Anna Rose: Absolutely, I spend some time doing stuff with the ASPCA--anything having to do with animals and the ASPCA. There’s a place upstate that I’ve been involved with for a while called Green Chimneys. They have a school and they have camps, basically combines rehabilitating animals with rehabilitating kids and younger adults, from emotional trauma or physical trauma or whatever. Taking care of an animal to rehabilitate yourself in a way, I’ve always thought that was really incredibly beautiful. They do great work, as well as my friend Kado has a summer camp that’s called OUTdoors Camp and it’s a summer camp for LGBTQ youth. It’s a leadership camp and it’s based in Arizona. Outdoors Camp is really close to my heart, I’ve done songwriting workshops there and the work that Kado’s doing there is fantastic, she’s really grooming some very powerful youth in LGBTQ communities. Really smart youth, it’s fantastic.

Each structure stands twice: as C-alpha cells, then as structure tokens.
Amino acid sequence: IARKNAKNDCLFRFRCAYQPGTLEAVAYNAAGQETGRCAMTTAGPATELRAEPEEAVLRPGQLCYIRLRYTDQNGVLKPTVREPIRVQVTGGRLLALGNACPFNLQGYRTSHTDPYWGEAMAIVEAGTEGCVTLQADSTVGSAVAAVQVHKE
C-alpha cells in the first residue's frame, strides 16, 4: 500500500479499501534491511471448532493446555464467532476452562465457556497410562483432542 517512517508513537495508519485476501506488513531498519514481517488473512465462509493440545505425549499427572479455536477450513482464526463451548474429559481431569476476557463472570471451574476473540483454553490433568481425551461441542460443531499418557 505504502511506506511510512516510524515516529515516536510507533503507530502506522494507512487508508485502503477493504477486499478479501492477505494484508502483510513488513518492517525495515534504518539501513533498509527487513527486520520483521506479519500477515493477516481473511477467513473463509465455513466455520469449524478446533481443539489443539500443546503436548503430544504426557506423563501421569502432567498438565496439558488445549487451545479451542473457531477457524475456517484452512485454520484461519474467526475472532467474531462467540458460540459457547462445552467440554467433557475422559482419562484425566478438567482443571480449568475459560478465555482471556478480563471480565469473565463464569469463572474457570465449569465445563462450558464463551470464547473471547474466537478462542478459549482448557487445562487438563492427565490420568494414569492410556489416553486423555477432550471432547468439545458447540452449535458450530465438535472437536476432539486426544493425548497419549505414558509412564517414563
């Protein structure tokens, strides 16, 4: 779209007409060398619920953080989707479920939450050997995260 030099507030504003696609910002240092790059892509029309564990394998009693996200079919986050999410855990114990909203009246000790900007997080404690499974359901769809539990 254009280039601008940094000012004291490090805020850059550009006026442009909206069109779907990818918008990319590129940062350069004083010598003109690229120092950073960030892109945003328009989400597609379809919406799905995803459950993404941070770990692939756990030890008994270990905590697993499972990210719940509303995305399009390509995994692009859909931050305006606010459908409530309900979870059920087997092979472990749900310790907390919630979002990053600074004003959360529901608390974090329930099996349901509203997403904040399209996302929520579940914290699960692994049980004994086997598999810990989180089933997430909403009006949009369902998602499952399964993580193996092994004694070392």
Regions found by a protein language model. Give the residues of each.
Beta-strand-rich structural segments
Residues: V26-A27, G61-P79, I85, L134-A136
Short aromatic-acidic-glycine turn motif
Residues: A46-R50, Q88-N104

Then there’s the One and Ten Organization. VIA onenten.org “One n ten is a not-for-profit organization dedicated to serving and assisting lesbian, gay, bisexual, transgender, and questioning (LGBTQ) youth. We provide youth with tools to improve self esteem and acceptance of who they are.”